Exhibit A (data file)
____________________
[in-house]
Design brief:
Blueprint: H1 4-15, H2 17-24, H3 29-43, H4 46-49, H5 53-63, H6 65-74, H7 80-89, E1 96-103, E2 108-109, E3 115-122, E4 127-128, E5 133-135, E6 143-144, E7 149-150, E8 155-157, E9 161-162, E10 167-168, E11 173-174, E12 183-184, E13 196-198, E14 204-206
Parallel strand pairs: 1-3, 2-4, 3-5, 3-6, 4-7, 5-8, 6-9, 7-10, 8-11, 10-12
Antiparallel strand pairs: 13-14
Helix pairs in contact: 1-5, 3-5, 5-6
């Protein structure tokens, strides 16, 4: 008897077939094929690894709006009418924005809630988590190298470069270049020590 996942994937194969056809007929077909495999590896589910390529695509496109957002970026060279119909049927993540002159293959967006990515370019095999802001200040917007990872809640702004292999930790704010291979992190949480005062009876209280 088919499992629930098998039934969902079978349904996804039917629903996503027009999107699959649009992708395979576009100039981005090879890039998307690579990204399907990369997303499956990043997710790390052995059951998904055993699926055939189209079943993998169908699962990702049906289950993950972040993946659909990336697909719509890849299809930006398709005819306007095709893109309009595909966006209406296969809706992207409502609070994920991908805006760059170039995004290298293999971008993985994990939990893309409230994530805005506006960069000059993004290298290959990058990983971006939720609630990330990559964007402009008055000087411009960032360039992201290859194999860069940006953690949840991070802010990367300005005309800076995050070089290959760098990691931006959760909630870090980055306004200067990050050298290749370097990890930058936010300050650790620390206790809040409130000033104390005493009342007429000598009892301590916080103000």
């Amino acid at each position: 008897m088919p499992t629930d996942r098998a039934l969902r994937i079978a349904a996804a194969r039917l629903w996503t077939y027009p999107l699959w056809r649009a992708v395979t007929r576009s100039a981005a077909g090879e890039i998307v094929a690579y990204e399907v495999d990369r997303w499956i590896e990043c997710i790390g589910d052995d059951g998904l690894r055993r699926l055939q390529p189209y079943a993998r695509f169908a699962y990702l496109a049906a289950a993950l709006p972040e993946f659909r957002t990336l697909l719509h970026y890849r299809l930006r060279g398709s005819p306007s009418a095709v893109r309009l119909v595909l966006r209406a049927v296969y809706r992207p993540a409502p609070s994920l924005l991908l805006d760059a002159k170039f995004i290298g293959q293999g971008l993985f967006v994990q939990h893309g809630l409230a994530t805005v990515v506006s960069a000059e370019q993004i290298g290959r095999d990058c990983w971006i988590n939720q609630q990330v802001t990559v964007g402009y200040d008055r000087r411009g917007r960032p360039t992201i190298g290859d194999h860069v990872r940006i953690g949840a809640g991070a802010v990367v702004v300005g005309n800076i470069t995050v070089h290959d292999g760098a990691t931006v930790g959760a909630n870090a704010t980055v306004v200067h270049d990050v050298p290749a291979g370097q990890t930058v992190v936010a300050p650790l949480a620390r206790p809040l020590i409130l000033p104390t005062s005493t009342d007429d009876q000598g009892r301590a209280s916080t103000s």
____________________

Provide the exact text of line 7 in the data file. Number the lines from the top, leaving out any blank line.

């Protein structure tokens, strides 16, 4: 008897077939094929690894709006009418924005809630988590190298470069270049020590 996942994937194969056809007929077909495999590896589910390529695509496109957002970026060279119909049927993540002159293959967006990515370019095999802001200040917007990872809640702004292999930790704010291979992190949480005062009876209280 088919499992629930098998039934969902079978349904996804039917629903996503027009999107699959649009992708395979576009100039981005090879890039998307690579990204399907990369997303499956990043997710790390052995059951998904055993699926055939189209079943993998169908699962990702049906289950993950972040993946659909990336697909719509890849299809930006398709005819306007095709893109309009595909966006209406296969809706992207409502609070994920991908805006760059170039995004290298293999971008993985994990939990893309409230994530805005506006960069000059993004290298290959990058990983971006939720609630990330990559964007402009008055000087411009960032360039992201290859194999860069940006953690949840991070802010990367300005005309800076995050070089290959760098990691931006959760909630870090980055306004200067990050050298290749370097990890930058936010300050650790620390206790809040409130000033104390005493009342007429000598009892301590916080103000």